Tuesday, October 12, 2010

Sweet Potato Huat Kueh (Sweet Potato Fa Gao 番薯发糕) - Huat Ah!


I have been pretty busy lately with my studies, that explains why I have not been posting so diligently as before. I can only blog either mid-week or during the weekend. But this afternoon, I felt so over the moon after my first successful attempt at making my Sweet Potato Fa Gao (Sweet Potato Huat Kueh 番薯发糕) that I absolutely must blog about it.

Chinese New Year is not here yet, but I am already making Fa Gao? Well, yes, bcos I just bought a 3-tier steamer or kwali from Antwerp Chinatown on Monday, and the first thing that sprung to my mind was making Fa Gao (also known as Huat Kueh, Huat Kuih or Fatt Koh, loosely translated to Steamed Prosperity Cake). This chinese steamed cake is a must for Hokkiens especially during Chinese New Year. The word “发” in Chinese or "huat" in Hokkien means prosperity. If the Fa Gao or Huat Kueh or Prosperity Cake splits on top and breaks into a smile, it means prosperity and good luck will come your way, hence it is a tradition for many chinese families especially those in Singapore and Malaysia to make this cake as offerings to the gods or for their own consumption during Chinese New Year. I remember my mum used to buy Fa Gao/Huat Kueh from the market to serve as offerings to the kitchen god.

But alas, today wasn't really my day for making any cakes or breads. I made 2 boo-boos while steaming Fa Gao. While the instructions clearly stated that I should first mix the wet ingredients together with the sugar in a mixer before folding in the dry ingredients by hand, I seemed to be in a trance of my own and I just dumped everything in a bowl and mixed everything together. Before I realised what was happening, it was already too late. The mashed sweet potato, egg, coconut milk, water and brown sugar were already mingled with the flour and baking powder. I had to manually incorporate and fold in everything using a spatula, and take care that I don't overmix although it is a prerequisite that the wet ingredients have to be well-mixed before folding in the dry ingredients.

Then, I quickly greased the coffee cups and carefully poured the batter into each. Before I placed them into the steamer, I saw something from the corner of my eyes. A bowl of dough sitting on the heater by the kitchen window. Oh shit! $%#@*&! I forgot to incorporate the dough starter in my Fa Gao. Arrrrgggghhhhh!!! It was really plain stupidity! I had to quickly pour out the batter from the cups back into the mixing bowl, mix in the dough starter, and pour the batter back into the cups again. By then, my steamer was already "boom boom boom", steaming with anger (like me).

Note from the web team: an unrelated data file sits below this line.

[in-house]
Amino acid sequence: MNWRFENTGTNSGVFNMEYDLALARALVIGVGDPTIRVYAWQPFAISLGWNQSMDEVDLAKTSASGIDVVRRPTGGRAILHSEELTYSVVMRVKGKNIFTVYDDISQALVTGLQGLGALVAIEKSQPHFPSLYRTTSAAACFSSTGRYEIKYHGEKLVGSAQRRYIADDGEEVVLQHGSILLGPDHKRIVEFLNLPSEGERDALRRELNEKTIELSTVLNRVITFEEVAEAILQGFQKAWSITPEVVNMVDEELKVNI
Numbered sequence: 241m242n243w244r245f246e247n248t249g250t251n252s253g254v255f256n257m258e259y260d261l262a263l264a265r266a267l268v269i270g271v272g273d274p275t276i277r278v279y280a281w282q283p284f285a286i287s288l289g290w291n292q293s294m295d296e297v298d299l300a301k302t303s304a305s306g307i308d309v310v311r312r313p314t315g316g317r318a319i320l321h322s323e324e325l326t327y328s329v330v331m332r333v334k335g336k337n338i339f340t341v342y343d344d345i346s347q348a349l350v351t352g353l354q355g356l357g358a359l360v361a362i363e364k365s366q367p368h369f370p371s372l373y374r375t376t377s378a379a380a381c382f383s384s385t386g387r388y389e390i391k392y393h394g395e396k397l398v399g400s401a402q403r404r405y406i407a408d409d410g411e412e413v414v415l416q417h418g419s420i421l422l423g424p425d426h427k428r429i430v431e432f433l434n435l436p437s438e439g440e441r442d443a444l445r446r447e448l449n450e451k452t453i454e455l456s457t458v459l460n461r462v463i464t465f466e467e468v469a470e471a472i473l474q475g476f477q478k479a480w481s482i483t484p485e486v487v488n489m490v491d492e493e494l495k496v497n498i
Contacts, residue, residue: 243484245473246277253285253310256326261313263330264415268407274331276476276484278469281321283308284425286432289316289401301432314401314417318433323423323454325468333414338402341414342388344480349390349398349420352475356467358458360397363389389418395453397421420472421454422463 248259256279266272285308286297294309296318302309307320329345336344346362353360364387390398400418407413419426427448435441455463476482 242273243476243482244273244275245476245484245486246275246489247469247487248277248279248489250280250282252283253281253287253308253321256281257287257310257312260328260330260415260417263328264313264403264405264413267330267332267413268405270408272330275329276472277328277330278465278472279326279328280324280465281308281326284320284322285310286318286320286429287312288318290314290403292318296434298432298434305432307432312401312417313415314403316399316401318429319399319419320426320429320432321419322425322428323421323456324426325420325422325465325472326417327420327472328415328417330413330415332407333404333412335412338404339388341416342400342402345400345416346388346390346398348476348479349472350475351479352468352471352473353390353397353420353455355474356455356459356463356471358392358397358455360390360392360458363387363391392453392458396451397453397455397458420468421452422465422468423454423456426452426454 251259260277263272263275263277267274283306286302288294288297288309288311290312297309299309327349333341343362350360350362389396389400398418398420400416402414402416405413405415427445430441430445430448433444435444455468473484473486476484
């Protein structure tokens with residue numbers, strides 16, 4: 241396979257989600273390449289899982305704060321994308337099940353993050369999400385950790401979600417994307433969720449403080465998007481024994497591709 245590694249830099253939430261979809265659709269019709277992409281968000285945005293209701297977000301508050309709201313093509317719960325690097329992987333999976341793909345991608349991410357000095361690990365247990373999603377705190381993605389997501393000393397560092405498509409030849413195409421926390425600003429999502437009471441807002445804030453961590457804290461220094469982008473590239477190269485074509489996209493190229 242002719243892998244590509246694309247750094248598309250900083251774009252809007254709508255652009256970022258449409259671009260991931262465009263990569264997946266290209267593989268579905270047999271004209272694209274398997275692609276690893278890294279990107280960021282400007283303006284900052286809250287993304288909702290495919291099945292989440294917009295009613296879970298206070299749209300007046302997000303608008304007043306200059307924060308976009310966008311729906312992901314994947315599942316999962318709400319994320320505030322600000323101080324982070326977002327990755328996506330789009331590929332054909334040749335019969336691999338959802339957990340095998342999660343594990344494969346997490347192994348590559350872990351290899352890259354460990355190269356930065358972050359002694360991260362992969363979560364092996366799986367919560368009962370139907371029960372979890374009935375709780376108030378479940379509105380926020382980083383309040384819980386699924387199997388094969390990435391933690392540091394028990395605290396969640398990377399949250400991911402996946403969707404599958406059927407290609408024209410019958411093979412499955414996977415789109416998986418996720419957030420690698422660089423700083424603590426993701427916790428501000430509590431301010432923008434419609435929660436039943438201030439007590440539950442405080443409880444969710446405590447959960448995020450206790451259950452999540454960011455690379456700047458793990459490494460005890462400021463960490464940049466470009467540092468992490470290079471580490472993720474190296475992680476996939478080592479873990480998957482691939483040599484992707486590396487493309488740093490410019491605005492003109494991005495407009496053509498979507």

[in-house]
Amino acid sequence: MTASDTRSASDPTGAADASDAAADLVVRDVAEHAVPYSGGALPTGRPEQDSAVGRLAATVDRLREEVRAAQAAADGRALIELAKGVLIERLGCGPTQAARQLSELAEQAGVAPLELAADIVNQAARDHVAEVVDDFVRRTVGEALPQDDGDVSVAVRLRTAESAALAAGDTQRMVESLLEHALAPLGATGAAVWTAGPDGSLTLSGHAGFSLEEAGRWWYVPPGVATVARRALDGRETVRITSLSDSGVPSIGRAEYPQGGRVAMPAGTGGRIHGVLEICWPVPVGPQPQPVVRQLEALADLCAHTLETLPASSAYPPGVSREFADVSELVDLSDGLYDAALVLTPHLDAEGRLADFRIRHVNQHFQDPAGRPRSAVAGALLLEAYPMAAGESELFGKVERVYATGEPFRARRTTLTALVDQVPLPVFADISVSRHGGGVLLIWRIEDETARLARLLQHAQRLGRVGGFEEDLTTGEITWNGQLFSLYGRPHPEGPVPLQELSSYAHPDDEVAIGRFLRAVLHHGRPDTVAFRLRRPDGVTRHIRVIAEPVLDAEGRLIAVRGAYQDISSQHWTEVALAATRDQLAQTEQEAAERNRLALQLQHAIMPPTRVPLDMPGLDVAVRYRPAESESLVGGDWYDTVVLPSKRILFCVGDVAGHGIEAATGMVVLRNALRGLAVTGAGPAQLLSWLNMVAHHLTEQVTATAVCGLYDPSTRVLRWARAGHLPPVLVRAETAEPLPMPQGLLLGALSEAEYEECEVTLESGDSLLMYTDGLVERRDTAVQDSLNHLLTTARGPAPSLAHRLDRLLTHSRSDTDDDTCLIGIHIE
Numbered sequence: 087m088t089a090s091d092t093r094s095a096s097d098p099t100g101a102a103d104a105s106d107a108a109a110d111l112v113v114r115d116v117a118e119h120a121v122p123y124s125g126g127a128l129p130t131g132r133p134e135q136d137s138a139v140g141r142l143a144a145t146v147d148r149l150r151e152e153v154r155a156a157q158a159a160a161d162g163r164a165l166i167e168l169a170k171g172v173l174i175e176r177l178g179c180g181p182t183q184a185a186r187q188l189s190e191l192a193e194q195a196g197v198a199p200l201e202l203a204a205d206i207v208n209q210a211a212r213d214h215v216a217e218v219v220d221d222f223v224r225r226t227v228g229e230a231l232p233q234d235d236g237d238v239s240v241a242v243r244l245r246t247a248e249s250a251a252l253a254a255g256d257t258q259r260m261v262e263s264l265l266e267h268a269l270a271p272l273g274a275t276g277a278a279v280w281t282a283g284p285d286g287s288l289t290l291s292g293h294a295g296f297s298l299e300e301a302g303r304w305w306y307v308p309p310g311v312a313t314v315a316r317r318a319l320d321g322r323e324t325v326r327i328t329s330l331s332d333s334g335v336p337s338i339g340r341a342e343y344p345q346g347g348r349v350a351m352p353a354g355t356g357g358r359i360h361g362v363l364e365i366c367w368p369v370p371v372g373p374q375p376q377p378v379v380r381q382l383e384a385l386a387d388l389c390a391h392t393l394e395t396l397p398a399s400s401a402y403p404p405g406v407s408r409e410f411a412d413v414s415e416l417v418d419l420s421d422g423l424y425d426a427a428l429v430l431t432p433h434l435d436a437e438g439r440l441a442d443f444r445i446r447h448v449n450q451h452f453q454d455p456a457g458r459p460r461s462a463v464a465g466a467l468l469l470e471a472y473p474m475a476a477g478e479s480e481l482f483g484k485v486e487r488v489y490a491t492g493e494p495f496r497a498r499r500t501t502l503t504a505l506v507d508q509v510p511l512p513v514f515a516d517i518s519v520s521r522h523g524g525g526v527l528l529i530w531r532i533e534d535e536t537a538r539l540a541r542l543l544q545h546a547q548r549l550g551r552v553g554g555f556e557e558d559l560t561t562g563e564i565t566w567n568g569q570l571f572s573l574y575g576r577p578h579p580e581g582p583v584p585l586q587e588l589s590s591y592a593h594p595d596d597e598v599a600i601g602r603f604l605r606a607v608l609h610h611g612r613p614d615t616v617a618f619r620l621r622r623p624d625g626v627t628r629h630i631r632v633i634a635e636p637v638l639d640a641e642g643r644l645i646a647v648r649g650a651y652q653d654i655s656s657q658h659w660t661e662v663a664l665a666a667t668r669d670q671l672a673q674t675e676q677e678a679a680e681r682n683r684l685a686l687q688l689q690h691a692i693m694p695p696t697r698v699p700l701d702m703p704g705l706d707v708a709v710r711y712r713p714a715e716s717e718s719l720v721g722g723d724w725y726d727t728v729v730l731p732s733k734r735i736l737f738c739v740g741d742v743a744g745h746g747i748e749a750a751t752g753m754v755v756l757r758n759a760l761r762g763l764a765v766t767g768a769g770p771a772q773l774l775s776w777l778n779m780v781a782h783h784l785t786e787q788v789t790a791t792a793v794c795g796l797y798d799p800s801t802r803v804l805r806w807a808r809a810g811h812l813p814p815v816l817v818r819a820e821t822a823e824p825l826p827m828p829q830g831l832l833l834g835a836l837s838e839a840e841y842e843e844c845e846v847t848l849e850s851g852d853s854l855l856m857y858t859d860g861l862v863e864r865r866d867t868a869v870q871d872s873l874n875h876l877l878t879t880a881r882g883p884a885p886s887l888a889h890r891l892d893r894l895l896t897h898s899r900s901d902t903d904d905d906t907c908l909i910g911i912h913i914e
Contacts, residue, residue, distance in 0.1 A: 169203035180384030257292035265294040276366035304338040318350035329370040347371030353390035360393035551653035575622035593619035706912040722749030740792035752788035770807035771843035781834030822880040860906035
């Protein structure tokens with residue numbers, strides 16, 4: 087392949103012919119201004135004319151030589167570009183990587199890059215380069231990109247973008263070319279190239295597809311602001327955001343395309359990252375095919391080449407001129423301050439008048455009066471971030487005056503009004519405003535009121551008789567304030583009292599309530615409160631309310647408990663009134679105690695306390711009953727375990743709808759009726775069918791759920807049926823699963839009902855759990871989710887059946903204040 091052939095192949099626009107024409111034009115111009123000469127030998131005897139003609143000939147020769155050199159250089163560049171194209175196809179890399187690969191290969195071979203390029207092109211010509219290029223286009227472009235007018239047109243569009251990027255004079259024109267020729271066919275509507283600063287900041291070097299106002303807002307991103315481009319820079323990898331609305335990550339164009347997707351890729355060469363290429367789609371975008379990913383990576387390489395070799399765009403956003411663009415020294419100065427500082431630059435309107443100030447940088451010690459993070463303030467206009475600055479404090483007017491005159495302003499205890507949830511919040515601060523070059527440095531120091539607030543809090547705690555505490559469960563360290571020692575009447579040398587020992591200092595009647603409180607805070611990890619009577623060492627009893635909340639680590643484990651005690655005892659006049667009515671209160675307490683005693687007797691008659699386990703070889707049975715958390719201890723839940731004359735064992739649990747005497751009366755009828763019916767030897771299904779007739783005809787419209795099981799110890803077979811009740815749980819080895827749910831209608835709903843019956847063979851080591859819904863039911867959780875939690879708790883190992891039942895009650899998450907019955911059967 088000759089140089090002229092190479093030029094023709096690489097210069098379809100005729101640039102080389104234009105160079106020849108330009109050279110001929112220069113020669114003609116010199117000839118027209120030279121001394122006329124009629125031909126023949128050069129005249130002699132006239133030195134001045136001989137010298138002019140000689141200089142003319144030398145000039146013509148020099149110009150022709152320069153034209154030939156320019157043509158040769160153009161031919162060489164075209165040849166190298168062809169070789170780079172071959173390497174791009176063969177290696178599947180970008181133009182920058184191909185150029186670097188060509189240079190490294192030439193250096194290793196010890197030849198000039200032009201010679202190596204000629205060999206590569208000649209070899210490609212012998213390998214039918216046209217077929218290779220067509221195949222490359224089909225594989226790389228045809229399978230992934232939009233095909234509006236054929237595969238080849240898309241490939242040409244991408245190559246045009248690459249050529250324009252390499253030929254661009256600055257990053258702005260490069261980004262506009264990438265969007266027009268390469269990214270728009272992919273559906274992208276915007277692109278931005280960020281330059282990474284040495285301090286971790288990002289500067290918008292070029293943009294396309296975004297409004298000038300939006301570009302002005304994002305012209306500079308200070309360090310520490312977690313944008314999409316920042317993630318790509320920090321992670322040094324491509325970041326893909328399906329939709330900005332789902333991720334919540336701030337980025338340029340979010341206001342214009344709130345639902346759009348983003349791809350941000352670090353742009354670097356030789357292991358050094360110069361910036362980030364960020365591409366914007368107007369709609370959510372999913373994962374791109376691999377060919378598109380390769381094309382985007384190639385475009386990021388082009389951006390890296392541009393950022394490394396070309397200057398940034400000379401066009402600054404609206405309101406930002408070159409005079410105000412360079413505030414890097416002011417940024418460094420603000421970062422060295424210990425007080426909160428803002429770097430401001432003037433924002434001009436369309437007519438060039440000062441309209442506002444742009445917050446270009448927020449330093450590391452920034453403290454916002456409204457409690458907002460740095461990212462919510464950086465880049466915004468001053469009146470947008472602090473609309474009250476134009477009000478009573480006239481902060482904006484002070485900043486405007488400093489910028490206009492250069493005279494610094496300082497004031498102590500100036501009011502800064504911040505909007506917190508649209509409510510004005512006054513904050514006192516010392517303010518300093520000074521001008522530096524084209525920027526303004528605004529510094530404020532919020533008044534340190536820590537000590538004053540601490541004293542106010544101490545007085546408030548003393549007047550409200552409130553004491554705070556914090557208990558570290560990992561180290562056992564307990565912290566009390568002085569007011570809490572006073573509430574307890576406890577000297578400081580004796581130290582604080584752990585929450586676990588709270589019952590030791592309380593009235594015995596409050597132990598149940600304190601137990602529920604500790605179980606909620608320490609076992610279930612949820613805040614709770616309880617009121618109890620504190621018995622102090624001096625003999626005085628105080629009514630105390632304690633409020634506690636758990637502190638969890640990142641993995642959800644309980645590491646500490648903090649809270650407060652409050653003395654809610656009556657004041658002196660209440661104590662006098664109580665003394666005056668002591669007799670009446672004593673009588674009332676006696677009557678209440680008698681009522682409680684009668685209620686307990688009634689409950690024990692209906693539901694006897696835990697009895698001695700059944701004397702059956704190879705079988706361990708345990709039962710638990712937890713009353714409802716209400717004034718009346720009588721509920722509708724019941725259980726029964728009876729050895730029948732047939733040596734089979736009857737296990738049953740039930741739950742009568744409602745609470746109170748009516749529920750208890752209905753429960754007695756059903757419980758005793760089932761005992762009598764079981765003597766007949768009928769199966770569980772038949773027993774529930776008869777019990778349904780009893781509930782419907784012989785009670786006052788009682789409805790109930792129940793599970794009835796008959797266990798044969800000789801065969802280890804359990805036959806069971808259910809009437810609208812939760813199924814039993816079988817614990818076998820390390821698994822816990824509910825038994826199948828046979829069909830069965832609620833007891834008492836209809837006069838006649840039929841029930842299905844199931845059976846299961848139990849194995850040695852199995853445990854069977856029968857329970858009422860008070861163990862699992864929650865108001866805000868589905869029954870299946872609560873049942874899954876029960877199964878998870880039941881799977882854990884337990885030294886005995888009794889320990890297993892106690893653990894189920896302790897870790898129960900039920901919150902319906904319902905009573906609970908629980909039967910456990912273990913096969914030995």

Before I put the cups in the steamer, I quickly said my prayers. 阿弥陀佛。Amen. God bless my huat kuehs. Ok, there you go, "huat ah"! 发发发! Please don't disappoint me again. My brother's eyelids must have been twitching for the past one hour, bcos I kept mentioning his name. Huat ah! :P

After 25 minutes, I opened the steamer and all the sweet potato huat kuehs were "smiling" at me. Out of 5, only 1 didn't manage to split on top and smile, the rest were all smiling gleefully. At least that was what I thought. You can see for yourself here. :P

I am so happy! Ik ben zo blij! I succeeded at my first attempt even though I made 2 horrible mistakes which nearly turned this into a disaster. I really have to thank my cousin HC again for her fail-proof recipe, considering that I nearly messed up the whole thing and yet the sweet potato huat kuehs turned out surprisingly well. Maybe my prayers were heard by whoever was up there? :)